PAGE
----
Tony Hall is used to dealing with divas — literally. For a dozen years, he ran the Royal Opera House, a cherished but struggling institution plagued by in-fighting and financial ineptitude. Hall re-established the venue as an ambitious, vital force on London’s cultural scene.The experience proved a valuable rehearsal for the even tougher post he occupies now. As director-general of the British Broadcasting Corp., Hall sits atop a public broadcaster many call the envy of the world, one with global...
Tony Hall assumed the top job at the BBC in 2013, when the public broadcaster’s credibility lay in tatters. His predecessor had lasted just 54 days on the job amid a spiraling sex-abuse scandal involving a former BBC presenter. Using all his diplomatic skills, Hall assuaged the anger of politicians and license-fee payers and restored public trust in “the Beeb,” one of Britain’s most beloved institutions.
The experience was a prelude to a battle with the government over the BBC’s future. With its terms of operation up for renewal, Hall managed to secure a deal to keep the BBC funded over the next decade primarily through viewer license fees, worth $4.6 billion in 2015-16. It was a major victory for the BBC over lawmakers and competitors who had hoped to see the pubcaster hobbled.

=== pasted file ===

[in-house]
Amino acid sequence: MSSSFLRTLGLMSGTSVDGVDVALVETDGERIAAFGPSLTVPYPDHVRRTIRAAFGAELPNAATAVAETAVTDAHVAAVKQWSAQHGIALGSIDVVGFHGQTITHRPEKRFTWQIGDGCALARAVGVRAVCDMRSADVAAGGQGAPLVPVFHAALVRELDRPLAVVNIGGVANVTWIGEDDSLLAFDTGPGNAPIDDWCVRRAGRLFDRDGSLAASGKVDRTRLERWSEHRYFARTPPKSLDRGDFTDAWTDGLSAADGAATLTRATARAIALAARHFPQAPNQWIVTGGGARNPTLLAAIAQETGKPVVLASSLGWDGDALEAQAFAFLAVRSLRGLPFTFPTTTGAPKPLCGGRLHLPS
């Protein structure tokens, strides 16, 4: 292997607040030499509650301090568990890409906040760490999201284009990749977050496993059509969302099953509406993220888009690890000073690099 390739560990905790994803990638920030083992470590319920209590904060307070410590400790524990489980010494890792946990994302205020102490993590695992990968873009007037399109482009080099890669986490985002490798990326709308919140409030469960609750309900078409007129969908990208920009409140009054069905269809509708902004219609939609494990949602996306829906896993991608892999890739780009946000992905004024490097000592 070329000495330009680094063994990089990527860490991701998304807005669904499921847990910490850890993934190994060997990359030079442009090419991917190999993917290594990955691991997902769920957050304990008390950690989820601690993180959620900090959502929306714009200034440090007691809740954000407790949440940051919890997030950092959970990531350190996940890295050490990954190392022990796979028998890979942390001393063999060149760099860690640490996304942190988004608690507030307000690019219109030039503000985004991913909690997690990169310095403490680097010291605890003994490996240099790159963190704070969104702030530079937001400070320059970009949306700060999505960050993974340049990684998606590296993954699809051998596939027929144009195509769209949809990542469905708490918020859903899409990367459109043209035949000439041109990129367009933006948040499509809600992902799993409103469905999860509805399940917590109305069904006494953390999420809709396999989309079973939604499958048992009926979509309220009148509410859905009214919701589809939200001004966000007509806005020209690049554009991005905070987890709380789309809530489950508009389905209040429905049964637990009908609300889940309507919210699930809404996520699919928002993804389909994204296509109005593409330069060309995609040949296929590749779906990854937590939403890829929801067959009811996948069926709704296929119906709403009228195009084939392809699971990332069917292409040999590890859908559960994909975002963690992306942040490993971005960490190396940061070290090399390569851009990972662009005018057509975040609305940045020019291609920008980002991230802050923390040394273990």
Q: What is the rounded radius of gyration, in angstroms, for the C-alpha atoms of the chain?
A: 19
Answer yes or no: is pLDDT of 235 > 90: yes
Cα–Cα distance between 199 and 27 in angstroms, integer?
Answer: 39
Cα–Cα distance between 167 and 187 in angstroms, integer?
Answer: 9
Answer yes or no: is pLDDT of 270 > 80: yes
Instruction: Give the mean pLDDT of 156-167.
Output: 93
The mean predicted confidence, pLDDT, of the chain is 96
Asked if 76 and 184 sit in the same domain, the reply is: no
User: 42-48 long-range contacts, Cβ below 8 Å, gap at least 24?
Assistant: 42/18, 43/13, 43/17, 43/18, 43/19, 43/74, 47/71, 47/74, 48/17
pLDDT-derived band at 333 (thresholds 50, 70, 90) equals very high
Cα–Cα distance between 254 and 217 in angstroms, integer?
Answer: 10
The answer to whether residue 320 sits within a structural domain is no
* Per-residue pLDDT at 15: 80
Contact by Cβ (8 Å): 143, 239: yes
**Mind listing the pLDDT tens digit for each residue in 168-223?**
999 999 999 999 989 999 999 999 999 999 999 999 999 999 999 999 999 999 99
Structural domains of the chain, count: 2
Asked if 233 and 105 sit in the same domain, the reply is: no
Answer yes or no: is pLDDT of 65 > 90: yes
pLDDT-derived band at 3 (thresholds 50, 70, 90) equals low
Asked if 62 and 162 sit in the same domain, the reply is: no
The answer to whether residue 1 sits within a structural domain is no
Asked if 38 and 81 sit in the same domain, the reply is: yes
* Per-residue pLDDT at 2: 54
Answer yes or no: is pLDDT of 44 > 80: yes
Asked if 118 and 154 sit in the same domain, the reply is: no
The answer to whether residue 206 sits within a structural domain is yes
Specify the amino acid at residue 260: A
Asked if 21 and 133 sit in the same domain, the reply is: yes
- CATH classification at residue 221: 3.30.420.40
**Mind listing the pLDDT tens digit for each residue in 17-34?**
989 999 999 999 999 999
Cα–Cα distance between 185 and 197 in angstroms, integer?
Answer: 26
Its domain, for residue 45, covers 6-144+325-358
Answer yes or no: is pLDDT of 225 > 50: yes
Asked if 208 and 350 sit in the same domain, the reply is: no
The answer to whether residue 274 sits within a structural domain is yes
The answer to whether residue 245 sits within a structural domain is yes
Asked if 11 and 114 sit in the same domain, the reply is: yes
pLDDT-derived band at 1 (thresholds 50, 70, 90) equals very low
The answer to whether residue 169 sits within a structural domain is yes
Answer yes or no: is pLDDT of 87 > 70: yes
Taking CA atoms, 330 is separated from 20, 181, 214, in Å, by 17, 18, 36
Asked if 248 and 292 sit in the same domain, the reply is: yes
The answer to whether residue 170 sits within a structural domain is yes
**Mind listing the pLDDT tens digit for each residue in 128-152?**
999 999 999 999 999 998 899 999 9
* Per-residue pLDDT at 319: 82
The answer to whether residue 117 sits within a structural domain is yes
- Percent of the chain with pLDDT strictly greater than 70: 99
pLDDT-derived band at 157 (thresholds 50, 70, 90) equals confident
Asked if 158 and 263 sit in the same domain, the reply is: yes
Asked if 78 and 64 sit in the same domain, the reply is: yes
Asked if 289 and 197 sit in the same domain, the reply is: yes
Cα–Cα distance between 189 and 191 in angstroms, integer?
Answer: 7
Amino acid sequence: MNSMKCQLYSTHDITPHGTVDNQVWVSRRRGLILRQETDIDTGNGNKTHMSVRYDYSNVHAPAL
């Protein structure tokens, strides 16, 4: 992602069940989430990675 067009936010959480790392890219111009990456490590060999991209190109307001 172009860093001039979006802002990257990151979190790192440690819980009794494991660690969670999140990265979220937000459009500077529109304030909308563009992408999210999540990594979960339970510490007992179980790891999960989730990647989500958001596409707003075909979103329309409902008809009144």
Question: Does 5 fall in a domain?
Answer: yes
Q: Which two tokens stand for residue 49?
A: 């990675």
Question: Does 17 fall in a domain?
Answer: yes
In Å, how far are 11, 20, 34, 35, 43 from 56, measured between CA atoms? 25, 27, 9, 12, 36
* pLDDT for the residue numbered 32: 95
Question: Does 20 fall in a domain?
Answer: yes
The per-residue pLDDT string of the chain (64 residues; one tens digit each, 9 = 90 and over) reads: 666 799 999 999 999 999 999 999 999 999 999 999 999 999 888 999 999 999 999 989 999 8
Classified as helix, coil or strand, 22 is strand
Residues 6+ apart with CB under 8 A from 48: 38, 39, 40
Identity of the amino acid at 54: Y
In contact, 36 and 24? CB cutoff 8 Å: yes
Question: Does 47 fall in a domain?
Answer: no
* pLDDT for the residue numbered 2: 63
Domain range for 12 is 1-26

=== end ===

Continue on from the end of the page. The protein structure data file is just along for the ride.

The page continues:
Financial challenges remain, and layoffs loom. But Hall is pouring money into content and presiding over the biggest expansion of the BBC’s famed World Service in more than half a century. Hit shows such as “Sherlock” and “Doctor Who” bring in worldwide revenue, and the BBC’s iPlayer streaming and VOD service is extremely popular.
Hall started at the BBC in 1973 as a news trainee and worked his way up to head of BBC News. He left in 2001 to run London’s Royal Opera House and is credited with turning that institution’s reputation and finances around before his return to the BBC.
Hall was educated at Oxford University. In 2010, he was made a peer by Queen Elizabeth II; as Lord Hall of Birkenhead, he holds a seat in Britain’s House of Lords.